"Shrill" is a gendered term, isn't it? Especially as it's used in popular-level American political discourse: "Once they started with all that shrill stuff, I stopped listening."
Shrill: "(of a voice or sound): high-pitched and piercing."
I have the impression, an untested but not untutored one, that the term "shrill" began to be bandied about in American political discourse around the time that women like Gloria Steinem or Jane Fonda came on the scene. It may well have been there before, since gender tagging (in a dismissive way) hardly arrived on the scene in American politics in that era. I'm absolutely certain, thought, that the word "shrill" picked up currency at that point in time as a buzzword, a denunciatory slur, in much political discussion in the media and online, in which sound, sober, deep-voiced men (read: opposite of high-pitched and piercing) deplore the shrillness of, well, those who are not.
Who are not sound, sober, deep-voiced, measured, full of gravitas. Not folks like us. Who know how to employ reason and to discuss issues dispassionately, without all that messy emotion that people with shrill voices bring to the public forum.
Isn't it interesting that we're being informed that Andrew Sullivan was refreshingly unshrill as a blogger? On what grounds would we have assumed from the outset, I wonder, that he might be expected to be shrill in the first place?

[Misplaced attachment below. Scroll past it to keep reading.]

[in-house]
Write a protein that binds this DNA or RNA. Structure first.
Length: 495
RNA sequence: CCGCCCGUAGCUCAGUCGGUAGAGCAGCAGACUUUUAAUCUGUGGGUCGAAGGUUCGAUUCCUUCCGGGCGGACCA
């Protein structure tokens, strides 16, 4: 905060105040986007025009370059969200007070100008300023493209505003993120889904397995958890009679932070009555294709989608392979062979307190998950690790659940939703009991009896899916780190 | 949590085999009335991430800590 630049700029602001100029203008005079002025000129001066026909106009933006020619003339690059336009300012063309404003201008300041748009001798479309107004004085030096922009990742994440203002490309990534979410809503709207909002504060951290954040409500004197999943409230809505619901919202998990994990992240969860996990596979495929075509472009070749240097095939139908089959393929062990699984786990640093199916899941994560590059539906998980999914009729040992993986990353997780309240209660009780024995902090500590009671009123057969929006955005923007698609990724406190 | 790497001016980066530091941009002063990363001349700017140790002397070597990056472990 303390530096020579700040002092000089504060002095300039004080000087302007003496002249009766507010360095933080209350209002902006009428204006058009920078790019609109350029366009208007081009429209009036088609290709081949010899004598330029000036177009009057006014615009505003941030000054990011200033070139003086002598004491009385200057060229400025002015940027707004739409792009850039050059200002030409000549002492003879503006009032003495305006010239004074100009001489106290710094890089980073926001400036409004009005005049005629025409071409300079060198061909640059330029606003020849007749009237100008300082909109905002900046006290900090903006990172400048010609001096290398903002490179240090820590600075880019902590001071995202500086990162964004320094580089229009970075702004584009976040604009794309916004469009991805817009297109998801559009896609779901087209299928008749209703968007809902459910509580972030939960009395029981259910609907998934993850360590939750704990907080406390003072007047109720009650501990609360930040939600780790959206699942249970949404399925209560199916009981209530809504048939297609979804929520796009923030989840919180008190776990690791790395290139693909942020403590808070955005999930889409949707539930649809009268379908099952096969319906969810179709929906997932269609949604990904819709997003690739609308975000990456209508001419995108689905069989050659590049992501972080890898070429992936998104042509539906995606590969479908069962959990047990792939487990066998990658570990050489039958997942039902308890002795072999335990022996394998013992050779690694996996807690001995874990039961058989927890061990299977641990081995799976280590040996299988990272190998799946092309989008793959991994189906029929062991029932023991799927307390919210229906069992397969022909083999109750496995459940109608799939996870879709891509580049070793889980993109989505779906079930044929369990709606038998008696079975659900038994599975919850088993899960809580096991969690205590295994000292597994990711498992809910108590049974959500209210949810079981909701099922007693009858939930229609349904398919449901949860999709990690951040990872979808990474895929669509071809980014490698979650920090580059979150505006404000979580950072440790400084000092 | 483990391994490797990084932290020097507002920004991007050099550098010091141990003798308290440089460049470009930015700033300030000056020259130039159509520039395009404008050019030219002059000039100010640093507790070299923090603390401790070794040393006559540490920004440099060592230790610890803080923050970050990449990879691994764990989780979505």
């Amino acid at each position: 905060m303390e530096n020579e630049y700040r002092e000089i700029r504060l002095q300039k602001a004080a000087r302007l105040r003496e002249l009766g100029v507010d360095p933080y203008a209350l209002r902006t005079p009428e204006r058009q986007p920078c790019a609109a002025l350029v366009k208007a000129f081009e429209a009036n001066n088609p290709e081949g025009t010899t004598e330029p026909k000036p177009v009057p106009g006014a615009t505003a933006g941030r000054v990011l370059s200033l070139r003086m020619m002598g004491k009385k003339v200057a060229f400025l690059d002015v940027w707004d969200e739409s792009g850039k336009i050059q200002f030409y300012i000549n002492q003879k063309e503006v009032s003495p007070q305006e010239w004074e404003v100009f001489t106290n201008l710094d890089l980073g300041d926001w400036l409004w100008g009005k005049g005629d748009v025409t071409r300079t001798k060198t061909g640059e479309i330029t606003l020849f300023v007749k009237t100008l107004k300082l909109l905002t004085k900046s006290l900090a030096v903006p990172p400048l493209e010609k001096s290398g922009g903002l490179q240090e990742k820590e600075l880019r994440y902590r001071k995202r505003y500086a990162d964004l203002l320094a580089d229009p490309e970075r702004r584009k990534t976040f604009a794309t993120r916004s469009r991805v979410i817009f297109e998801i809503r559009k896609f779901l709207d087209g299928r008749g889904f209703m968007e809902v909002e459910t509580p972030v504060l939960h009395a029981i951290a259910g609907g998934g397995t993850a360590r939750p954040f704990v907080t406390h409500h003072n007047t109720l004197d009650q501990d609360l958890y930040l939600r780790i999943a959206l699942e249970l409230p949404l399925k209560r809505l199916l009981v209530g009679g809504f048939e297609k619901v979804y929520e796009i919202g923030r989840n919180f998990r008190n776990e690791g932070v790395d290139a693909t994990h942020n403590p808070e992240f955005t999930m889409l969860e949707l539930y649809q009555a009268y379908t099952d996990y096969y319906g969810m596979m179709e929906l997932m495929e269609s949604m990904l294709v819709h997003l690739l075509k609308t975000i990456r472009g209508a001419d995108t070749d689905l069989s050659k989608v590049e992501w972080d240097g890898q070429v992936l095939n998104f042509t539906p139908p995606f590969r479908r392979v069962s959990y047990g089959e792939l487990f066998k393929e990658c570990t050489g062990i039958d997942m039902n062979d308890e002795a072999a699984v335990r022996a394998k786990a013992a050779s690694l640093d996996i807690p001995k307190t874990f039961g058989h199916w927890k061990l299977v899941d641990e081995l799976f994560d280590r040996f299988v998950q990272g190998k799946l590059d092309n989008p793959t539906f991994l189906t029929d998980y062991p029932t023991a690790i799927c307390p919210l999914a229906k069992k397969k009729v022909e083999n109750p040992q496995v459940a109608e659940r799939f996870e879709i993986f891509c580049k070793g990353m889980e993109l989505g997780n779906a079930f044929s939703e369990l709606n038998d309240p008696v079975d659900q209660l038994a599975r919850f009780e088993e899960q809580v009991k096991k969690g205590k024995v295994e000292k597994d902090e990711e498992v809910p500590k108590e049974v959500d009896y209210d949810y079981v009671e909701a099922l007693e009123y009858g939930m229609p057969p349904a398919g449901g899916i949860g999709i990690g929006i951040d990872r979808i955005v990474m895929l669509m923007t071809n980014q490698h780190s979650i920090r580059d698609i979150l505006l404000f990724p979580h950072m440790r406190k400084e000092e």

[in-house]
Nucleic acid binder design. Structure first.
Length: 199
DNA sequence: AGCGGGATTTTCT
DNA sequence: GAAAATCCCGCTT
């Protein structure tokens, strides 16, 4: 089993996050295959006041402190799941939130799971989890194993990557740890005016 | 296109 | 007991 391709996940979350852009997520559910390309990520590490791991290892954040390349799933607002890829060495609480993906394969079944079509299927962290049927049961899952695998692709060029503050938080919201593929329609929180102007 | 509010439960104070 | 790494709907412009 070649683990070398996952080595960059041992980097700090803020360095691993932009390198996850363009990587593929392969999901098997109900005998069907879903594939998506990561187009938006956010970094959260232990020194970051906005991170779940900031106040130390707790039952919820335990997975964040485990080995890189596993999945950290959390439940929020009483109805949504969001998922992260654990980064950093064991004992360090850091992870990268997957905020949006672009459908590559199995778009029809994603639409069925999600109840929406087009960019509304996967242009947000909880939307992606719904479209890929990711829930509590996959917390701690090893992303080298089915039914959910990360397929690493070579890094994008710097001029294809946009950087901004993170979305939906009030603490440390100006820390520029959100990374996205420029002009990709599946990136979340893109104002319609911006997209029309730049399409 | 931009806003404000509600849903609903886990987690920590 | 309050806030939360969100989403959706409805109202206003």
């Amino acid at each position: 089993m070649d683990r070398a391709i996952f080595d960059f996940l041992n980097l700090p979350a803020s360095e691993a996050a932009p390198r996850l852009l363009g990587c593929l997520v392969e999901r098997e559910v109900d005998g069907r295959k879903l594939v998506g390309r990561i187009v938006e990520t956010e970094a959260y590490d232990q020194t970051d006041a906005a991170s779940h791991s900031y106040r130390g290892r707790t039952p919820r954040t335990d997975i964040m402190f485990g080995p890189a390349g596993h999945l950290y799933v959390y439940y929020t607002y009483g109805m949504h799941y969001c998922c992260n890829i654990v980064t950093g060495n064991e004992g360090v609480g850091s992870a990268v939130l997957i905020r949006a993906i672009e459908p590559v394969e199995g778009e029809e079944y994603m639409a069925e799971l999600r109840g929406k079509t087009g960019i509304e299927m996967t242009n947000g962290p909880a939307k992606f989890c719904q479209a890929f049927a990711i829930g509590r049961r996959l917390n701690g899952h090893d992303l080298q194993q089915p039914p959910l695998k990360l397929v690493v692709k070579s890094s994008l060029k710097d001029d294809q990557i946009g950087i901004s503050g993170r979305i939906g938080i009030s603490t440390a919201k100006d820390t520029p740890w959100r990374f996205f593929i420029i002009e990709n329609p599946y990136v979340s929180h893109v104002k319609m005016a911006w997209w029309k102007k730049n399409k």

Do people say, "I learned to respect George W. Bush when I realized he wasn't going to be shrill"? Or, "I'll give to John Boehner: the one thing he has going for him is that he wasn't as shrill as I imagined he would be"?
What does the use of "shrill" as a criterion for establishing seriousness in this Commonweal discussion thread tell us about Commonweal as a discourse community, I wonder? About its commitment to real catholicity, real diversity, really meaningful inclusion?
I myself have found Andrew Sullivan's fixation on deep-voiced, bearded men full of testosterone more than a little off-putting. Give me a bit of shrill any day, rather than that stolid (and rather pathetic and adolescent) mimicry of powerful male beings who imagine the world turns around themselves solely because they own a penis. When Sullivan wrote recently that a certain woman (I forget who she was, honestly) should be taken seriously because she was cool and aggressive (read: like penis-owners), I just about lost my morning porridge as I read. I won't, I have to say, lament the cessation of that kind of ugly, dismissive, eminently gendered (in a dismissive way) discourse at a blog site widely regarded as non-shrill, measured, serious, and Catholic in its instincts.
Interesting, isn't it, how one little recurring word can speak a world of meaning in a discussion like the one now taking place about Andrew Sullivan at Commonweal?